Tomorrow Poses Major Test of Hong Kong’s Rule of Law
New York City—Human Rights First today called for the Hong Kong authorities to respect the rights to peaceful association, assembly, and expression ahead of major protests anticipated tomorrow.
Tomorrow marks the seventieth anniversary of the founding of the People’s Republic of China, and events to celebrate the anniversary in Hong Kong are expected to be met with dissent from much of the public. Huge demonstrations over the last three months in the city against Beijing’s increasing influence in Hong Kong have been met with violence from the police. And although the protests remain overwhelmingly peaceful, they have taken on an increasingly violent edge in the last few weeks.
“The world will be watching the Hong Kong police tomorrow. They should keep in mind that legislation currently being debated in Congress provides for U.S. sanctions targeting those who commit human rights violations in Hong Kong,” said Human Rights First’s Brian Dooley, who was recently in Hong Kong and issued a report this month based on his findings. “October 1st is a massive test for Hong Kong’s rule of law, for its police, and for its international reputation.”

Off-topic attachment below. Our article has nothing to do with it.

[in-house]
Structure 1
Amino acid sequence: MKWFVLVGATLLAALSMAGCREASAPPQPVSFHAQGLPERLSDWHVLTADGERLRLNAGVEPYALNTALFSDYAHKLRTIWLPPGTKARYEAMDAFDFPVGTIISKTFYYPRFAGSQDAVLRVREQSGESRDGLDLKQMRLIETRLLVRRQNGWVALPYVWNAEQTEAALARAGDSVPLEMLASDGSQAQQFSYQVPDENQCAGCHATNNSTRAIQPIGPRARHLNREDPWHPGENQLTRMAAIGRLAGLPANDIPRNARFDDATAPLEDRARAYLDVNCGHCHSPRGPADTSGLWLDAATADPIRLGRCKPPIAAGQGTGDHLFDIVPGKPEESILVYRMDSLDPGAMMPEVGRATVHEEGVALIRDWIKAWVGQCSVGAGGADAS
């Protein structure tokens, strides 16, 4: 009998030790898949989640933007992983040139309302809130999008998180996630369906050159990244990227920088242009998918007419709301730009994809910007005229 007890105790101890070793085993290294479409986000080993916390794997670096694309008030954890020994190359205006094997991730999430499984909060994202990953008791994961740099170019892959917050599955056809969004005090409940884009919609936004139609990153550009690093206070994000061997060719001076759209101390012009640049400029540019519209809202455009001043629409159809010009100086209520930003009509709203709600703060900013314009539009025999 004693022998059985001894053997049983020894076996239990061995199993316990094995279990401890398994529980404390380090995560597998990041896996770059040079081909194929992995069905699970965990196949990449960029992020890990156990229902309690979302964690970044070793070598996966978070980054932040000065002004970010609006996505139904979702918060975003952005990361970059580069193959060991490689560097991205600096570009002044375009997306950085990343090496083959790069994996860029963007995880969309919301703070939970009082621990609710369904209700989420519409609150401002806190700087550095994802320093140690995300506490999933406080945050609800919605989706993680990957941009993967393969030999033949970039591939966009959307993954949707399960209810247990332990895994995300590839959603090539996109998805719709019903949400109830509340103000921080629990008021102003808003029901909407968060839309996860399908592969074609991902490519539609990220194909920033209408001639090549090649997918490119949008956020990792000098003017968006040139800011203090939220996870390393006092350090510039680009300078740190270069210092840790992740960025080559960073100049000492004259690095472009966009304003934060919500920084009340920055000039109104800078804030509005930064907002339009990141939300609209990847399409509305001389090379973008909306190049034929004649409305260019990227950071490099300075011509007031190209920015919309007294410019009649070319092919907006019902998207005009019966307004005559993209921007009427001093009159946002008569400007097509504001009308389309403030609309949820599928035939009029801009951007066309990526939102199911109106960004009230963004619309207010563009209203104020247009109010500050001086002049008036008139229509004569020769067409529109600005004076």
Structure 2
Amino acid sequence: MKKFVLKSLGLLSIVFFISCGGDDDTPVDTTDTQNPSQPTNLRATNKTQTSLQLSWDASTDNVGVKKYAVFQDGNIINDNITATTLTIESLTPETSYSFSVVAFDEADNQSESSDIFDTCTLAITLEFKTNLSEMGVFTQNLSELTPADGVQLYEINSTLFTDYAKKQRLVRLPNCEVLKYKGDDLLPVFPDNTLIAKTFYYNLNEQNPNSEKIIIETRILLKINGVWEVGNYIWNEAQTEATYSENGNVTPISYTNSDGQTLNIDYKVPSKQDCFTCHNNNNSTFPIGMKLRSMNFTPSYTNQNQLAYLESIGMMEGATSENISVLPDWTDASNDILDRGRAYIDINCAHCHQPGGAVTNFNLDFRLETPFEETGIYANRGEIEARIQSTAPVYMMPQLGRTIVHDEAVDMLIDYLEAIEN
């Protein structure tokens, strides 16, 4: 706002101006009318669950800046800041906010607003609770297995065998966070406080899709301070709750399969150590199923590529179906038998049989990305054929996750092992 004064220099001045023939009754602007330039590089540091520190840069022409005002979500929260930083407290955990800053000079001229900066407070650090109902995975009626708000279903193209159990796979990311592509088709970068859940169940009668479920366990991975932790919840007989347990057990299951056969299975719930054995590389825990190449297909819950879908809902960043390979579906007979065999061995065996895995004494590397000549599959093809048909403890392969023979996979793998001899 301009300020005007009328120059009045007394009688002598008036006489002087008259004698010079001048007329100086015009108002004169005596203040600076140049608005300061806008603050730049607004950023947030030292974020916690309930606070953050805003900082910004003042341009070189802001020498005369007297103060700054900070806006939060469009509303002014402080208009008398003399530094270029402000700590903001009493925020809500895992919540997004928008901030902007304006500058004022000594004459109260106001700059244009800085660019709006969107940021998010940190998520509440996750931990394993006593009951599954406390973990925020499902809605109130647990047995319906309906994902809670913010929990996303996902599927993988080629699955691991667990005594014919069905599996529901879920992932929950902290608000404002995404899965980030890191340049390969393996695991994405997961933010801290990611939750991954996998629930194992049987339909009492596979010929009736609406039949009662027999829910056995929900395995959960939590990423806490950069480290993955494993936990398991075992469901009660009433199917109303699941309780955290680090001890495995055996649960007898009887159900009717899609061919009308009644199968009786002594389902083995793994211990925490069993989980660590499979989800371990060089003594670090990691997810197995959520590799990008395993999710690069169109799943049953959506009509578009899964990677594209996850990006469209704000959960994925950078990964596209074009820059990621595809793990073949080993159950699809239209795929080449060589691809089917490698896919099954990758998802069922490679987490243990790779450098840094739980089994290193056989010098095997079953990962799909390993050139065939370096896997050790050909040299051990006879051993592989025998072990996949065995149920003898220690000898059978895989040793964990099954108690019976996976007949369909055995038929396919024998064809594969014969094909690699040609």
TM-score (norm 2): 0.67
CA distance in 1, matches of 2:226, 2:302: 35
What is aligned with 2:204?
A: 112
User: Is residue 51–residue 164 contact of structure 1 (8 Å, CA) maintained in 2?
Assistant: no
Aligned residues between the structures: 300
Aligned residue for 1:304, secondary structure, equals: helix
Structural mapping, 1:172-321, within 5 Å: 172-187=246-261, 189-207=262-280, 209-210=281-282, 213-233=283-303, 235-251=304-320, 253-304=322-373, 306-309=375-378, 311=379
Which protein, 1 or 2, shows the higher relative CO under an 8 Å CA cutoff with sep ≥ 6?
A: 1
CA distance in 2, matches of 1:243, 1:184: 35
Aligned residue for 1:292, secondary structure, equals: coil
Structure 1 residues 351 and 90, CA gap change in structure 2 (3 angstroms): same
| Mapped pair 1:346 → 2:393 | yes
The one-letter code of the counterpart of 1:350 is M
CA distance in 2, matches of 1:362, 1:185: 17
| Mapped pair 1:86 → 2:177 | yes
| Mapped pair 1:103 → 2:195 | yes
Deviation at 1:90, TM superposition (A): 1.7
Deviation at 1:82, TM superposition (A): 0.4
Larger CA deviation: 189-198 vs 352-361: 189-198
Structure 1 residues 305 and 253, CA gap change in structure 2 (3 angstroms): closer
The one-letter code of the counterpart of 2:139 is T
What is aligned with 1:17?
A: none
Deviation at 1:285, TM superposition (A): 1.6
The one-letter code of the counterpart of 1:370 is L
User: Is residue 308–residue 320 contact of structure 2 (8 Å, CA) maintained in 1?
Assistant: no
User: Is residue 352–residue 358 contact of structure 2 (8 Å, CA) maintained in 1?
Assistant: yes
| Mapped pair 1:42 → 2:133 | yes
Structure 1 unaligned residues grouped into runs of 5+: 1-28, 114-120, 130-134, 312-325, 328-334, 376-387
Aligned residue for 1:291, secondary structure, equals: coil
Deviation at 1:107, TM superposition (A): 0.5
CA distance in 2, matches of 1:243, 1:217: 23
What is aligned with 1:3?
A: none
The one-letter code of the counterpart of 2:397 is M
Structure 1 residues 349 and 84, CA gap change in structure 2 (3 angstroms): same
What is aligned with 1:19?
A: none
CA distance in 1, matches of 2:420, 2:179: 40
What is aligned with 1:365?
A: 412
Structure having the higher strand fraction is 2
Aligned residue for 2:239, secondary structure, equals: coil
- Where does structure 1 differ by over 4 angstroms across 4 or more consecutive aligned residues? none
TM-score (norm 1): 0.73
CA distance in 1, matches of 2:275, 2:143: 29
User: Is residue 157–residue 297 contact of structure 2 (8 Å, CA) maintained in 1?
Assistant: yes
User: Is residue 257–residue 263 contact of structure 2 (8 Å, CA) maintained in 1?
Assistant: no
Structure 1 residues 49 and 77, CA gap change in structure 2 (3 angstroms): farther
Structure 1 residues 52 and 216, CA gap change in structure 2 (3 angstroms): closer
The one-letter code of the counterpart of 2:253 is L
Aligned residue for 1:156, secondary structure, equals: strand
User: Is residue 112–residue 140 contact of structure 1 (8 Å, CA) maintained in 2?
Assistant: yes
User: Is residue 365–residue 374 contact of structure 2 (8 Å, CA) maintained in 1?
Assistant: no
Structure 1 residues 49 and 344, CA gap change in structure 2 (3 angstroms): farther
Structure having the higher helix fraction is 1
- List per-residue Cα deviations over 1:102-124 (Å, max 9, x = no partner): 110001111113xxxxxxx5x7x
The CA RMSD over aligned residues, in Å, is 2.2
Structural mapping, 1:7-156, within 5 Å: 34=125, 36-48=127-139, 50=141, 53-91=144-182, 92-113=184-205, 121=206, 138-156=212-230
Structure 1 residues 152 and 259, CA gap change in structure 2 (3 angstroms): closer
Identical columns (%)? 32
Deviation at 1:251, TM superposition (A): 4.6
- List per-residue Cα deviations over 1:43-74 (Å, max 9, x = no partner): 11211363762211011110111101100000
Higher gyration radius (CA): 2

There are fears that if Beijing is embarrassed on its national day of celebration it will be tempted to end the “one country, two systems” arrangement with the city through repressive action by mainland security forces.
Congress is currently considering two bipartisan bills on Hong Kong. The Hong Kong Human Rights and Democracy Act requires the Trump Administration to produce reports on human rights and the rule of law in Hong Kong, and on export controls on sensitive dual-use items that Hong Kong’s government could use for “mass surveillance and predictive policing.” It also directs the State Department not to deny visas to Hong Kong citizens arrested for protesting. And it calls for sanctions on those responsible for “actions to suppress basic freedoms on Hong Kong.”
Another bill, the PROTECT Hong Kong Act, would stop the United States from exporting tear gas, rubber bullets, pepper spray and other items to Hong Kong’s police.
“U.S. government officials need to keep the pressure on Hong Kong’s authorities to respect human rights by passing the legislation in Congress, publicly stating that peaceful protest is a right, and visiting Hong Kong to assess th e situation for themselves,” said Dooley.
The protests were triggered by legislation introduced in Hong Kong’s legislative assembly earlier this year allowing extradition of suspects to mainland China. The authorities have now promised to withdraw the legislation, but that was one only one of the protestors’ five demands. The four remaining demands are an independent inquiry into the use of force by police, amnesty for arrested protesters, an end to describing the protests as riots and universal suffrage.